Wednesday, May 11, 2016

DOL Conflict of Interest Rule Web Site Issue

Wow! Wow! Wow! Government regulation has hit guys like me with a sledgehammer. This new DOL Conflict of Interest Final Rule has caused me to modify my firm's documents and add a ton of new ones. For example, if I advise someone on their 401k, then I have an agreement for that. If I advise someone who only wants a Goals Based Financial Plan, then I have an agreement for that. If I advise someone who needs their portfolio managed, then I have an agreement for that. These are only for Florida clients. If they live in another state, then I have multiple agreements for those other states.

However, that is only the easy part. The hard part is when you are moving money from a 401k to an IRA, or an IRA to an IRA, or a Roth 401k to a Roth IRA, or an IRA annuity to an IRA. I could go on and on with these examples, because there are close to two dozen different scenarios that I can think of where I will now have to present clients with another form. This new form needs to explain all of the distribution options to a client. For example, if you are moving money from a 401k to an IRA, then that is considered a distribution. Further, you have to tell clients if they can leave their money where it is, too. In addition, you have to spell out all of the fees for the client's current account and compare that to a proposed account that I may be offering.

In addition, to creating all of these forms, then I have to put them up on my web site. Now this one factor in the rule is very interesting. I do not think the gravity of this situation has hit home yet with financial industry trade publications. I have seen no news on this issue. Think about this fact. If everyone, myself included has to put up their master agreements on their web site, then doesn't that mean that "lazy" financial advisors will try and copy them for their own use? In my mind, it certainly means that all lot of copying will be going on. I don't know if I like that fact that I can spend countless hours creating and revising my documents and find that some "yea who" has stolen them right off of my web site. It is true that I can restrict the documents from being printed or copied, but if someone really wanted to copy it, they could sit down and re-type my documents word for word. I do not have a real good feeling about this web site issue. I can tell you that straight up. If financial advisors will steal your money, then they certainly would not have a problem stealing my documents.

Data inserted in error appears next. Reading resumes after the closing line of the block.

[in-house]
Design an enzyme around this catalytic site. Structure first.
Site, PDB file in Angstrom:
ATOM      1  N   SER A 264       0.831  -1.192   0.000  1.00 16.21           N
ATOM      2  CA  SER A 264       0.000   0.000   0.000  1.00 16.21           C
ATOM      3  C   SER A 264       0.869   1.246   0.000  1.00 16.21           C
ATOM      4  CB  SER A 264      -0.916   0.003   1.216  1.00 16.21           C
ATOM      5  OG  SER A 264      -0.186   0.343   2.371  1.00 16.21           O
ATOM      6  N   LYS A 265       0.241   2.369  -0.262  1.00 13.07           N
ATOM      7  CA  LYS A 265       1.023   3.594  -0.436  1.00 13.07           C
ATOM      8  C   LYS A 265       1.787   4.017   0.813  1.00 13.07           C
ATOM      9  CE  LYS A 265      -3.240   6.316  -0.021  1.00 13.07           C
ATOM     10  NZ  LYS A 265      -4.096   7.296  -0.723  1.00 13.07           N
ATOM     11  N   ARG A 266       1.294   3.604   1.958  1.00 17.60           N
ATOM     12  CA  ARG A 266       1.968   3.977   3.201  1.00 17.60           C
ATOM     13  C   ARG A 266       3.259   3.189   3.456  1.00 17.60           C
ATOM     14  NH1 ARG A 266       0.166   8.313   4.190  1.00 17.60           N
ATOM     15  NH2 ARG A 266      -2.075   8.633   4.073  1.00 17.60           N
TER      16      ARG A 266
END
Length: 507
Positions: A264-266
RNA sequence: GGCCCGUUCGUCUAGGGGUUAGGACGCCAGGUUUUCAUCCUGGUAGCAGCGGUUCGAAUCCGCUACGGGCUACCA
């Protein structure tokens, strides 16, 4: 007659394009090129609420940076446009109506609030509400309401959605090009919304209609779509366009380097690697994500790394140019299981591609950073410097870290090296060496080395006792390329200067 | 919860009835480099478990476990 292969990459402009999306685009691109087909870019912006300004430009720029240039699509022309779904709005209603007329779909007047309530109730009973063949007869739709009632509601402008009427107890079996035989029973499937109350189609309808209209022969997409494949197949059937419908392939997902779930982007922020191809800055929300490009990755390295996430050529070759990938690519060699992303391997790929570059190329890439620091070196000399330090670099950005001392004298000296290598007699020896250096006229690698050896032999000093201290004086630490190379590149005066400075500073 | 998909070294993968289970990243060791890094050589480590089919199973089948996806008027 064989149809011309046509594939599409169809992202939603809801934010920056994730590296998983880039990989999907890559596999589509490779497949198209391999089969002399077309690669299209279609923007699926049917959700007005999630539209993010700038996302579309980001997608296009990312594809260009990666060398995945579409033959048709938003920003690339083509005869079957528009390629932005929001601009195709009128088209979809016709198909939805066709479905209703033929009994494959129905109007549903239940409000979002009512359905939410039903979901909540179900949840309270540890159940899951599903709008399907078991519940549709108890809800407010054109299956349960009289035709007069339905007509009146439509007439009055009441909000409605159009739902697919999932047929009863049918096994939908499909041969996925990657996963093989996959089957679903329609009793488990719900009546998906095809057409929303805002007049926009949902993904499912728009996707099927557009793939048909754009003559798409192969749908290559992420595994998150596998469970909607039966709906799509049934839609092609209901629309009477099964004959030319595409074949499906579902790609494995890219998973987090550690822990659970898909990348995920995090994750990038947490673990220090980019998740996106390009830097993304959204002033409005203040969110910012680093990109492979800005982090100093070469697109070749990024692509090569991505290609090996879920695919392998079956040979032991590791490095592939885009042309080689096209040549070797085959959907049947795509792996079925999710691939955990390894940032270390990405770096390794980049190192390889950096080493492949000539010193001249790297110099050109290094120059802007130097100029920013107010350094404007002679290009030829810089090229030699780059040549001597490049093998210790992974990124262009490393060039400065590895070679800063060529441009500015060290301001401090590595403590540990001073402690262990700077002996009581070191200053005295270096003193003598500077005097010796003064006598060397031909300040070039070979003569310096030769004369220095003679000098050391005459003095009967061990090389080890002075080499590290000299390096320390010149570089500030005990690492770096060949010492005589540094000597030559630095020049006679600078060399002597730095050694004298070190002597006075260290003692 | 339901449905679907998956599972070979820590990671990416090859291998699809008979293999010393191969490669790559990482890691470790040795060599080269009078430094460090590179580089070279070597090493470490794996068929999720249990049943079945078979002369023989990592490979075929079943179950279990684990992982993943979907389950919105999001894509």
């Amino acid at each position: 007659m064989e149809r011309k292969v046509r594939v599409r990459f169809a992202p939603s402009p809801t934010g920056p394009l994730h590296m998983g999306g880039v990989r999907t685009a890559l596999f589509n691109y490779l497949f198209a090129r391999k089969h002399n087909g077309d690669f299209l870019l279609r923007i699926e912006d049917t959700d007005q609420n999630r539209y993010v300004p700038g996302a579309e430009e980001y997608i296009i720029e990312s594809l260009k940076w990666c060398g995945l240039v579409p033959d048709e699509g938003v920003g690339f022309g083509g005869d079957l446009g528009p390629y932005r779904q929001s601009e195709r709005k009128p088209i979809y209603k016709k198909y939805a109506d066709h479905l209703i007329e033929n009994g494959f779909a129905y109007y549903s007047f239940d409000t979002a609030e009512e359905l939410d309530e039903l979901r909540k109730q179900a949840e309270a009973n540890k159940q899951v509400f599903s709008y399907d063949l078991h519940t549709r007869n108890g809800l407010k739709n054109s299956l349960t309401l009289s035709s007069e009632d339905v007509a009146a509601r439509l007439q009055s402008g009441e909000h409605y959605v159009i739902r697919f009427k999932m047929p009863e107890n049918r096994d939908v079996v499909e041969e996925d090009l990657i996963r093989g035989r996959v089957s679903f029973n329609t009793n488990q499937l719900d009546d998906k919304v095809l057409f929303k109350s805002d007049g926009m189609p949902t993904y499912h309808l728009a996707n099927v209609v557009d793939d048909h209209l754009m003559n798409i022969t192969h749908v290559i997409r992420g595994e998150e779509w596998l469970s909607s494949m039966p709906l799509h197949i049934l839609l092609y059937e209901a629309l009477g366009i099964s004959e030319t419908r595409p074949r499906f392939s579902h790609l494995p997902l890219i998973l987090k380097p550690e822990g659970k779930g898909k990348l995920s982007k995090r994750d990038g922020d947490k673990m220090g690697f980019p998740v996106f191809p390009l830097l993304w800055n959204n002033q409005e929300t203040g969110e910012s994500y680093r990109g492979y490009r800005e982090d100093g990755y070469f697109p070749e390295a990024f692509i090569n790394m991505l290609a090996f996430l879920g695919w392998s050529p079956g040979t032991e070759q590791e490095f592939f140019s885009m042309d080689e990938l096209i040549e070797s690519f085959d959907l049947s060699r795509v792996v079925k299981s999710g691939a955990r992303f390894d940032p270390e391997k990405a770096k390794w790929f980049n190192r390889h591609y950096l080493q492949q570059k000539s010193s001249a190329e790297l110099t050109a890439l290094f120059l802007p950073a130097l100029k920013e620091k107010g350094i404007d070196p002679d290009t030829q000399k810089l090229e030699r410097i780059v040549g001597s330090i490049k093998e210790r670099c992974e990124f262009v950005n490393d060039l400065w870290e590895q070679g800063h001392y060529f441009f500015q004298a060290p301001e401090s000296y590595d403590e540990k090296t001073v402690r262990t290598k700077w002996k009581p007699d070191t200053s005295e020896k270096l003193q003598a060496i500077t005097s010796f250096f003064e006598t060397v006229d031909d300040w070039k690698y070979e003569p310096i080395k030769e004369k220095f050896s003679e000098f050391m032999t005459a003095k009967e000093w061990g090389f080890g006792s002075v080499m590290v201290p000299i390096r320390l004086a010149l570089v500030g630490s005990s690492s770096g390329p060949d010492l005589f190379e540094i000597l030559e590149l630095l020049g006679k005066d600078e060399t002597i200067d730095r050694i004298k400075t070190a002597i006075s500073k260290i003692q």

In addition, to putting up my master agreements, I have to also put on my web site my specific policies and procedures as it pertains to this DOL Conflict of Interest Rule. Right now, my policies and procedures document is 130 plus pages, because it includes a sample of each form and agreement, plus our standard disclosure documents for our firm and our investment adviser representatives. This new DOL Conflict of Interest Rule says that I have to do this like it or not. Prospective clients might flip through it on the web, but there is a loophole. As long as I put it on the web site to be viewed, then I am compliant with the rule. I cannot imagine a prospective client wanting to print off 130 plus pages of my policies and procedures. However, I am worried about "yea who" financial advisors trying to steal my stuff.

You can probably surmise that every financial advisor will have their own agreements on their web site. Think about that for a moment. As a prospective client, you will be able to see the policies and procedures, plus master agreements, and disclosure forms of any financial advisor in the country prior to entering into an arrangement with that financial advisor. I suppose this is a good thing for prospective clients in the know, but what about those who are not in the know?

So, with this new DOL rule, you can compare my forms against another financial advisor's forms. Hopefully, you will see the brilliance behind mine and realize that I know what I'm doing. Also, if you see my forms copied on another financial advisor's web site, then I would appreciate it if you let me know. I might want to sue them for copyright infringement.

After already spending countless hours creating these documents, I have to say that I am rather proud of what I have accomplished. In addition, the first thing that pops into my mind is to sell them as a service to other financial advisors. If the amount of time that I put into making these documents is any indication, then perhaps, I will offer them for sale to other financial advisors for a tidy fee. One thing for sure is there will be a legend on my documents that says:

Copyright May 9, 2016 by Richard Allison Johnson. All rights reserved.